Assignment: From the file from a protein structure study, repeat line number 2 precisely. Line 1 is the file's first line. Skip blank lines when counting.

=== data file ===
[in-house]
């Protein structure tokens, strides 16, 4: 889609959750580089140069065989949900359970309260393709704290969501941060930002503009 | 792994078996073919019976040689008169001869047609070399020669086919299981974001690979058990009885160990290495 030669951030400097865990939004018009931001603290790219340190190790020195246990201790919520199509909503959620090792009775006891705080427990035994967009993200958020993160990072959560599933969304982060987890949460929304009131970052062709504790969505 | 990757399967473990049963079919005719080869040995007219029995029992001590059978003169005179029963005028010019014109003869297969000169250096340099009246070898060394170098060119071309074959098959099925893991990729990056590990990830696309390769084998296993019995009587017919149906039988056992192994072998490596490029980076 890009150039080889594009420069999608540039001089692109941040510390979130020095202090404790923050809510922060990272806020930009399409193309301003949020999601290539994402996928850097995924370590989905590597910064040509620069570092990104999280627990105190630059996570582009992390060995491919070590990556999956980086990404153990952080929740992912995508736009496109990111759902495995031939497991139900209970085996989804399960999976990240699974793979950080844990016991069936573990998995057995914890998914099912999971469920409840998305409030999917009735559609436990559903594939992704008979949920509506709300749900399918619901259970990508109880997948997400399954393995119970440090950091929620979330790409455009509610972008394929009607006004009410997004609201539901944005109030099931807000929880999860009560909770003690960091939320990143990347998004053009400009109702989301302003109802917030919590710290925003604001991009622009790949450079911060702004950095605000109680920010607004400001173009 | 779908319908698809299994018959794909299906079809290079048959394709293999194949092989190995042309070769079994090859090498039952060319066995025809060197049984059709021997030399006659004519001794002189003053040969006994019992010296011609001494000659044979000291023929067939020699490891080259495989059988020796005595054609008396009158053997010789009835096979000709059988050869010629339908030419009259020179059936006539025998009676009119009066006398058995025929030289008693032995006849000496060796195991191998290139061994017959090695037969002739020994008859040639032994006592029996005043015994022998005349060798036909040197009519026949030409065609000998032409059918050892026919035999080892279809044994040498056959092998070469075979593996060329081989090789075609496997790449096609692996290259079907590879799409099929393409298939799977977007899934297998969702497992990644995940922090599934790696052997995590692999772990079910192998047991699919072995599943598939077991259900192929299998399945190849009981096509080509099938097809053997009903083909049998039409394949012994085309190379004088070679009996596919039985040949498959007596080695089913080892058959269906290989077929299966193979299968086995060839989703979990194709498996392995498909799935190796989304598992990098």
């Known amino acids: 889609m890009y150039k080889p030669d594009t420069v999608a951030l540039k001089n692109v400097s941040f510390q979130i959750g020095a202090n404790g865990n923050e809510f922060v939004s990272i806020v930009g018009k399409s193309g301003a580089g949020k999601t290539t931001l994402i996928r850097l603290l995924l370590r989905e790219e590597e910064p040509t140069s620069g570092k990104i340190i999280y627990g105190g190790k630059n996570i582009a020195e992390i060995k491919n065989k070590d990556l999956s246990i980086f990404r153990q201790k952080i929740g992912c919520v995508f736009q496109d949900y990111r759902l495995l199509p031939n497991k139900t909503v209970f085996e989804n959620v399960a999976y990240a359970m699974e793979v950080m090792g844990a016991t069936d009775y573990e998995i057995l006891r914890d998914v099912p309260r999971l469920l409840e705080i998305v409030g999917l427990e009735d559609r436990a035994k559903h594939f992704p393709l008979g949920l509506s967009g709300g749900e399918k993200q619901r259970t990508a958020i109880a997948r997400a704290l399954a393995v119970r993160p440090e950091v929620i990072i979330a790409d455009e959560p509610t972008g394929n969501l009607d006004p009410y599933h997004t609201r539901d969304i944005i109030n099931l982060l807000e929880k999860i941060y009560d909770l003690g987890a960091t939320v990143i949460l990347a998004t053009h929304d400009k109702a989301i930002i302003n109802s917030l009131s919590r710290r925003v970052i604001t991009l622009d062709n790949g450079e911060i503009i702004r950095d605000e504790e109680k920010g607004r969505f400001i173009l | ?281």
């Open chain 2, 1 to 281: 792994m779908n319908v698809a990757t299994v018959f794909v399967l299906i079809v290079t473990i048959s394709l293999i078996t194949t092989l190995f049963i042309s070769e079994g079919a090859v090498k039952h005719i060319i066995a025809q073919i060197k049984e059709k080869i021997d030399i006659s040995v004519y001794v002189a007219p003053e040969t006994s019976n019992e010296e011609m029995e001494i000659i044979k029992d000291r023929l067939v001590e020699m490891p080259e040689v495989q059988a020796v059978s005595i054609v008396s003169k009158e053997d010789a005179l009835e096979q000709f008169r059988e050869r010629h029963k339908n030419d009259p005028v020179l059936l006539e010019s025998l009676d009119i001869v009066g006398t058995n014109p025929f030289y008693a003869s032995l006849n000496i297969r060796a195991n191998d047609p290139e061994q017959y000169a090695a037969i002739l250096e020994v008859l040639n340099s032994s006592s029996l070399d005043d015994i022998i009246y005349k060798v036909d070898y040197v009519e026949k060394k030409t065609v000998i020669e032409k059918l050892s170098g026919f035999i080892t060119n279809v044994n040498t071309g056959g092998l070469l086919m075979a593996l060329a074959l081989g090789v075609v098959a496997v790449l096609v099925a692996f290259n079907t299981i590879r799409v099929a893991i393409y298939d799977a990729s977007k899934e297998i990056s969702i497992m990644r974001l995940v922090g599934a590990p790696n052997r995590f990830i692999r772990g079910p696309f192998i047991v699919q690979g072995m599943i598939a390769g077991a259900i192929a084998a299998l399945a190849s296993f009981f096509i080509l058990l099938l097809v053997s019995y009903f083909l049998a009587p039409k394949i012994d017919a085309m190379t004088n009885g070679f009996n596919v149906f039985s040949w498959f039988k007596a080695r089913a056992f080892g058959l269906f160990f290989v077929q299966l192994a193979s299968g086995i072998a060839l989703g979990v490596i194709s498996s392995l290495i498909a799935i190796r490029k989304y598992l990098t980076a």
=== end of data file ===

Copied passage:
């Protein structure tokens, strides 16, 4: 889609959750580089140069065989949900359970309260393709704290969501941060930002503009 | 792994078996073919019976040689008169001869047609070399020669086919299981974001690979058990009885160990290495 030669951030400097865990939004018009931001603290790219340190190790020195246990201790919520199509909503959620090792009775006891705080427990035994967009993200958020993160990072959560599933969304982060987890949460929304009131970052062709504790969505 | 990757399967473990049963079919005719080869040995007219029995029992001590059978003169005179029963005028010019014109003869297969000169250096340099009246070898060394170098060119071309074959098959099925893991990729990056590990990830696309390769084998296993019995009587017919149906039988056992192994072998490596490029980076 890009150039080889594009420069999608540039001089692109941040510390979130020095202090404790923050809510922060990272806020930009399409193309301003949020999601290539994402996928850097995924370590989905590597910064040509620069570092990104999280627990105190630059996570582009992390060995491919070590990556999956980086990404153990952080929740992912995508736009496109990111759902495995031939497991139900209970085996989804399960999976990240699974793979950080844990016991069936573990998995057995914890998914099912999971469920409840998305409030999917009735559609436990559903594939992704008979949920509506709300749900399918619901259970990508109880997948997400399954393995119970440090950091929620979330790409455009509610972008394929009607006004009410997004609201539901944005109030099931807000929880999860009560909770003690960091939320990143990347998004053009400009109702989301302003109802917030919590710290925003604001991009622009790949450079911060702004950095605000109680920010607004400001173009 | 779908319908698809299994018959794909299906079809290079048959394709293999194949092989190995042309070769079994090859090498039952060319066995025809060197049984059709021997030399006659004519001794002189003053040969006994019992010296011609001494000659044979000291023929067939020699490891080259495989059988020796005595054609008396009158053997010789009835096979000709059988050869010629339908030419009259020179059936006539025998009676009119009066006398058995025929030289008693032995006849000496060796195991191998290139061994017959090695037969002739020994008859040639032994006592029996005043015994022998005349060798036909040197009519026949030409065609000998032409059918050892026919035999080892279809044994040498056959092998070469075979593996060329081989090789075609496997790449096609692996290259079907590879799409099929393409298939799977977007899934297998969702497992990644995940922090599934790696052997995590692999772990079910192998047991699919072995599943598939077991259900192929299998399945190849009981096509080509099938097809053997009903083909049998039409394949012994085309190379004088070679009996596919039985040949498959007596080695089913080892058959269906290989077929299966193979299968086995060839989703979990194709498996392995498909799935190796989304598992990098």